Hi folks! Welcome back to campus for the 2014-2015 academic year. We have lots of exciting things coming up, so let’s get to the news.
NEW STIPEND RECIPIENTS
We want to congratulate this year’s stipend recipients:
Returning recipients are Olivia Barry, Scott Bollen, Rebecca Chism, Logan Ellis, Lizzie Ferguson, Heather Haile, Hunter Parham, Callie Smith, Ali Webb, and Nicole Wilkinson.
First year stipend recipients are Savannah Adams, Geoffrey Bara, Chloe Dillport, Kourtney Mason, Brianna Nicholas, Kelly Singer, and Matt Wilson.
Cooper Honors stipends are $1300 per semester for up to 4 semester. The stipends are awarded on a competitive basis. You can apply for a stipend twice during either semester of the regular school year; application deadlines are Consultation Day of the semester. Information on how to apply is available online here, and click on “Student Application.” For more information about the program, contact Doc Yoder at firstname.lastname@example.org.
For Fall 2014, Dr. Kris McAbee is teaching a Cooper seminar on Revenge. Here’s what she says about it: This course will interrogate the nature of revenge as a thematic device. We will ask, “What are the elements of revenge? What differentiates revenge from justice? What do we learn from revengers and their quests?” Beginning with Greek tragedies, we will then work through a survey of revenge-oriented texts from the sixteenth century to the present day, representing a range of genres including drama, broadsides ballads, opera, prose fiction, and film. Among selections developed by the class, texts will include Euripides’s Medea, Seneca’s Thyestes, Kyd’s The Spanish Tragedy, Ford’s ‘Tis a Pity She’s a Whore, Mozart’s Don Giovanni, and Park Chan-Wook’s 2003 film, Old Boy.
In Spring 2015, Dr. Jim Levernier will offer a Cooper seminar on The American Dream. More information coming soon!
COOPER LECTURE SERIES (AND RELATED EVENTS)
We have a very exciting line up for the Cooper Lecture Series this year. As usual, all Cooper Lectures are FREE and OPEN TO THE PUBLIC.
The Arkansas Philological Association Conference will be held on Oct. 23-25 at the Arkansas Studies Institute and the Little Convention Center. This year the conference is being hosted by UALR, the UALR English Department, and the Linguistics and Language Arts Working Group. There will also be a day of student sessions on Oct. 22. The Call for Papers for the APA is here; the Call for Papers for the Students Sessions is here. To propose a paper, or for more information, please contact Dr. Jeremy Ecke at APAconference@outlook.com. To propose a paper for the student conference, or for more info please contact Hunter Parham (email@example.com) or Kelly Singer (firstname.lastname@example.org).
Wednesday, Oct. 29: Jeff Cowton, Curator at the Wordsworth Trust at Dove Cottage in Grasmere, England will discuss study opportunities with the Wordsworth Archive at Dove Cottage, where Wordsworth lived with his family for several years. The presentation will be at 6:30pm in DSC-G. There will be a reception with hors devours starting at 6:00.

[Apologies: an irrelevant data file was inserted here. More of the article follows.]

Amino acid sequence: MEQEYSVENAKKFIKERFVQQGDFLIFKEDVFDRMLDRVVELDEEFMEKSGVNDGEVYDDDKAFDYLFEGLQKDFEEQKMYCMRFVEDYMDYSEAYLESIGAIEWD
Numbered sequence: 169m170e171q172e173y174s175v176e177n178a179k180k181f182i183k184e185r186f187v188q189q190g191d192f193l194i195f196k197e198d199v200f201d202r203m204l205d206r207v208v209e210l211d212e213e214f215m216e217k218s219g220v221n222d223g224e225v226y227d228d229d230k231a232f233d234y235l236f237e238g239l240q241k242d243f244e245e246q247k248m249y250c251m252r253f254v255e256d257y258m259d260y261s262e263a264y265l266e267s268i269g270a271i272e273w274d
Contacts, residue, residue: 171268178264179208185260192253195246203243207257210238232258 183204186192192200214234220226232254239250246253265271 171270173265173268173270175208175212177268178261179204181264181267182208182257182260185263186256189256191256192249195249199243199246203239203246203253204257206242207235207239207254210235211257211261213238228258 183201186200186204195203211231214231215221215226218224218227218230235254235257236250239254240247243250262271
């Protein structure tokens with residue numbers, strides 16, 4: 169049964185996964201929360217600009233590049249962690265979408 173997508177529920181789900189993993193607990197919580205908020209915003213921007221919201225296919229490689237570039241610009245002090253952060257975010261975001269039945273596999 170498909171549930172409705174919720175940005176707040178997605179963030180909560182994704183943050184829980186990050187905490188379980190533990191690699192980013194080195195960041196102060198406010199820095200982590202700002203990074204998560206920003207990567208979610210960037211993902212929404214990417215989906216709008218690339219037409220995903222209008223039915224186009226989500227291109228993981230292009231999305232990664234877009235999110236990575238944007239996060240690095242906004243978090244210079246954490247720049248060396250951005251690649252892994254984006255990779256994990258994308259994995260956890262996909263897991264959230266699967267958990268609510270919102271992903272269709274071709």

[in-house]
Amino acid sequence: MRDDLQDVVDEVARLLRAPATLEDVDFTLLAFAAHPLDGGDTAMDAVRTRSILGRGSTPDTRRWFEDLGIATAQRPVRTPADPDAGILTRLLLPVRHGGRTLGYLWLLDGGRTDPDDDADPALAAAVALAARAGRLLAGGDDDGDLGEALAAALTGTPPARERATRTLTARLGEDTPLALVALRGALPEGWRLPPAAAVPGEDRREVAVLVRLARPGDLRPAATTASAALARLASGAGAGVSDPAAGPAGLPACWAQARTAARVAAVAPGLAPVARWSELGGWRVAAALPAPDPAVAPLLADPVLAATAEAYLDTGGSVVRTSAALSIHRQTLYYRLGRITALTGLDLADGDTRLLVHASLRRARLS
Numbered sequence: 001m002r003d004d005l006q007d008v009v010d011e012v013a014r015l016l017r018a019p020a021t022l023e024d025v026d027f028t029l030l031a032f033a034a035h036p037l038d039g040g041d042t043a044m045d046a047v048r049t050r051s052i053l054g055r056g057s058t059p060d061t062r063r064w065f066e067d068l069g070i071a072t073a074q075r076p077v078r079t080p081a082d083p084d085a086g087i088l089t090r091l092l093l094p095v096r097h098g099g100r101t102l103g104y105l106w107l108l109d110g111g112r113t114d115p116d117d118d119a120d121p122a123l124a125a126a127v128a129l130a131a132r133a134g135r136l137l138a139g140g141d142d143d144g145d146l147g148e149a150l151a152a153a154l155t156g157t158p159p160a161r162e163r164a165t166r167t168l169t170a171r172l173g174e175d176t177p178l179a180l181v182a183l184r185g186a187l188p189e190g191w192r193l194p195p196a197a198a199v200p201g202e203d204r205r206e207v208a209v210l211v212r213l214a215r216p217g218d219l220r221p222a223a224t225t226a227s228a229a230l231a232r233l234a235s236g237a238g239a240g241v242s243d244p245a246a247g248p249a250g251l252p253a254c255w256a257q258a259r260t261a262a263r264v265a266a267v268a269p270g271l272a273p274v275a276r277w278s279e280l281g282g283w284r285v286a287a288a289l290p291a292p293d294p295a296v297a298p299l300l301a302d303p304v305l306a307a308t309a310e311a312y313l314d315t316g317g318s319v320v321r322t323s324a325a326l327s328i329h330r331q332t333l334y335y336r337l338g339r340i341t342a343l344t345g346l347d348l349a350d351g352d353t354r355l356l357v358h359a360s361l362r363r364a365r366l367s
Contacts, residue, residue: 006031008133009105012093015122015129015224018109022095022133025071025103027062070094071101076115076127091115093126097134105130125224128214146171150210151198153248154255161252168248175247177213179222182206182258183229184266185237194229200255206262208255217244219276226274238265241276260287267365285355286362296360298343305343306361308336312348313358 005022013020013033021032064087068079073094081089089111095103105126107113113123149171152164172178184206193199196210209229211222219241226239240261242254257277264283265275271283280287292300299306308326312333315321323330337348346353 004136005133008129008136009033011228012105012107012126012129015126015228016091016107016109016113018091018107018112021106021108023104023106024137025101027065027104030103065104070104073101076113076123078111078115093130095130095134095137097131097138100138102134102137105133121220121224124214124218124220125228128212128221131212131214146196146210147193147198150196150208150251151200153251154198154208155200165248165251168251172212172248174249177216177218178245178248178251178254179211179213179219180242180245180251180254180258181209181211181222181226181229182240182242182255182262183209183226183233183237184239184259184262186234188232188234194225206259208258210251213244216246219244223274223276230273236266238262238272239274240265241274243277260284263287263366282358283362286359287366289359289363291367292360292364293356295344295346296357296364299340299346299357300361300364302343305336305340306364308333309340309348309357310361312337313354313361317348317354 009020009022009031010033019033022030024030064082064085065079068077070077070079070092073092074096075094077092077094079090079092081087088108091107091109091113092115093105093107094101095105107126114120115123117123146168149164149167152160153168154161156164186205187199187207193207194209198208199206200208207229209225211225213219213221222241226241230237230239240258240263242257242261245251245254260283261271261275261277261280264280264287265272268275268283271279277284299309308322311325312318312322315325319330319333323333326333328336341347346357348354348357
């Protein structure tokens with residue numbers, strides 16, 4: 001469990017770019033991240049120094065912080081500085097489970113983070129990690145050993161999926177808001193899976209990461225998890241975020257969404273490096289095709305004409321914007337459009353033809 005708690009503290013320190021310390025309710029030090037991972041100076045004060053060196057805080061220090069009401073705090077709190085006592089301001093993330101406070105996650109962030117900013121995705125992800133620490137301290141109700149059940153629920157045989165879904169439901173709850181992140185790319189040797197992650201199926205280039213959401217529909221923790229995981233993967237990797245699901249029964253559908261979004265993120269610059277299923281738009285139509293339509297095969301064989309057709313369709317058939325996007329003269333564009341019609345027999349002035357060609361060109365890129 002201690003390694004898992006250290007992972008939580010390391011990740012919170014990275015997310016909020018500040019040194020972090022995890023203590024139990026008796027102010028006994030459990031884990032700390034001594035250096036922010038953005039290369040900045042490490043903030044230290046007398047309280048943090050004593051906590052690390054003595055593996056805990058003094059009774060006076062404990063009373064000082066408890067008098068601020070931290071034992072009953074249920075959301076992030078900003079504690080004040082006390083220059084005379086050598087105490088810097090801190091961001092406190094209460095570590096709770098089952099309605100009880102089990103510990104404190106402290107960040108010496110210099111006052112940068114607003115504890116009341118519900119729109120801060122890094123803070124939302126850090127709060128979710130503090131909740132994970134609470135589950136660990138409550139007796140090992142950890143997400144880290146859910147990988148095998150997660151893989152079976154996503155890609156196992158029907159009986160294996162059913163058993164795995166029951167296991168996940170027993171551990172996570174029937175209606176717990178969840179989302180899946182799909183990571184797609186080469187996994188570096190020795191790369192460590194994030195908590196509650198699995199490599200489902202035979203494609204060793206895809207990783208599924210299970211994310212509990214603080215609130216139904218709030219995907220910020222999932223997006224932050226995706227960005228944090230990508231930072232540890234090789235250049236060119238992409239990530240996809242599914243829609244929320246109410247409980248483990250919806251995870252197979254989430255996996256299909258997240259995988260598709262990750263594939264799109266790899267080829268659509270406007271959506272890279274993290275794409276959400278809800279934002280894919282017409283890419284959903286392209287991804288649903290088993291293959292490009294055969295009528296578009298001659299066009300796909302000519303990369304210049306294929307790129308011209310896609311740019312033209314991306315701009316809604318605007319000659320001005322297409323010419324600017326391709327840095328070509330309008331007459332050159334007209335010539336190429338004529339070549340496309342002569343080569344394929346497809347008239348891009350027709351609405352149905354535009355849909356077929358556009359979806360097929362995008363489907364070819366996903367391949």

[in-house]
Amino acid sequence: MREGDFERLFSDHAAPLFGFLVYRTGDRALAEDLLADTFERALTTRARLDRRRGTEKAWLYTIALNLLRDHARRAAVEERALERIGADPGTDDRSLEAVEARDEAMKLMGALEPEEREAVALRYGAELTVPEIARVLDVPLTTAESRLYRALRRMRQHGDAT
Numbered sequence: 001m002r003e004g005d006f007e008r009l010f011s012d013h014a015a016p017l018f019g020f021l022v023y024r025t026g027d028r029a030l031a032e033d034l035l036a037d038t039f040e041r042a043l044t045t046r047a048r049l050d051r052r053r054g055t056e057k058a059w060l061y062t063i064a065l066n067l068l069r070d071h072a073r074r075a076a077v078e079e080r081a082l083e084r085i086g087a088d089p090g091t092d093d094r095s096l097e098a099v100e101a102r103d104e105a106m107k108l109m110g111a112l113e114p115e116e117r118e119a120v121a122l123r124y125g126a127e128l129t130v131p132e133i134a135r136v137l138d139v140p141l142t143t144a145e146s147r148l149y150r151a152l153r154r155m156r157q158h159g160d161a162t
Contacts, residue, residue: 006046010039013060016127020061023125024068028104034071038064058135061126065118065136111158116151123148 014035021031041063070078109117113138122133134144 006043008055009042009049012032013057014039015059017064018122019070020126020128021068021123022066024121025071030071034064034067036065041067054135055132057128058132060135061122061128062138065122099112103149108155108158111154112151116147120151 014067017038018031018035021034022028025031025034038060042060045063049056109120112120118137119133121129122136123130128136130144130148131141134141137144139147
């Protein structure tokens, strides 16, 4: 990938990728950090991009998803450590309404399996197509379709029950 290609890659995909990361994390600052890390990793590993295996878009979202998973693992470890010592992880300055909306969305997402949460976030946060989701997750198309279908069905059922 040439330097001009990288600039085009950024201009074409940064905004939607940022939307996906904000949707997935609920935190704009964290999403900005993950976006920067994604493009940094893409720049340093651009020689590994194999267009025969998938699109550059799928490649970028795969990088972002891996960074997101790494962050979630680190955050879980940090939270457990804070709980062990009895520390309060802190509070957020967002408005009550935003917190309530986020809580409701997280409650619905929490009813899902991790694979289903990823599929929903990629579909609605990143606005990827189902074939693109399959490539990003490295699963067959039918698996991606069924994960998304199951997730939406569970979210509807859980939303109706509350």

Monday, Nov. 3: Jean-Robert Cadet will present a lecture at 6:30pm in the Stella Boyle Smith Auditorium. Cadet’s lecture will concern his experience as a restavek (“child slave”) in Haiti and his current work as an abolitionist. His visit to campus is in support of both Dr. Kris McAbee’s Cooper seminar on Revenge, and Dr. Laura Barrio-Vilar’s course on Slave Narratives. Cadet’s own books — Restavec and My Stone of Hope — will be available for purchase at the end of the event. You can check Cadet’s ongoing work on his organization’s webpage.
In mid-March, Dr. James Levernier hopes to bring Dr. Scott Laderman to campus in support of his Cooper seminar on The American Dream. Dr. Laderman is an Associate Professor of English at the University of Minnesota – Duluth. He is the author of Tours of Vietnam: War, Travel Guides, and Memory (Duke UP, 2009), and Empire in Waves: A Political History of Surfing (forthcoming from University of California Press). You can check out his webpage here. Look for details as they develop.
Undaunted by delay, the Martha Redbone Roots Project will visit UALR for a two-day residency on April 1-2, 2015. April 1 will feature a private performance and discussion with English Department students and others about her adaptations of William Blake’s poetry. On April 2, Redbone will visit classes, and her Roots Project trio will present a free, full 2-hour concert in the Stella Boyle Smith Auditorium. Look for details as the event gets closer, but for a taste of what to expect, check out this. For more information, contact Doc Yoder at email@example.com.
Ashley (Scott) Gershong (grad. 2009) has taken a post-doctoral job as a Lyme disease researcher at the University of Connecticut Health Center. She will be defending her dissertation (consisting of her four graduate publications) on Nov. 6 .
Melissa Ruth Carrion (grad. 2010) has landed a job as an English Language Center Specialist at Miami University in Middletown, OH. Here’s what she says, “It was all of my McNair, Cooper and Donaghey Scholars work that got me the job — my job is to support students, and I know all about what kind of difference a little support can make in a student’s path.”
Nathan Riggs (grad. 2011) has received a Teaching Assistantship at UA-Fayetteville to support his graduate work in English there.
David Measel (grad. 2011) has received his MA in Rhetoric from the UALR Department of Rhetoric and Writing.
As always, if you see any problems or errors, or if you have news, please contact Doc Yoder at firstname.lastname@example.org.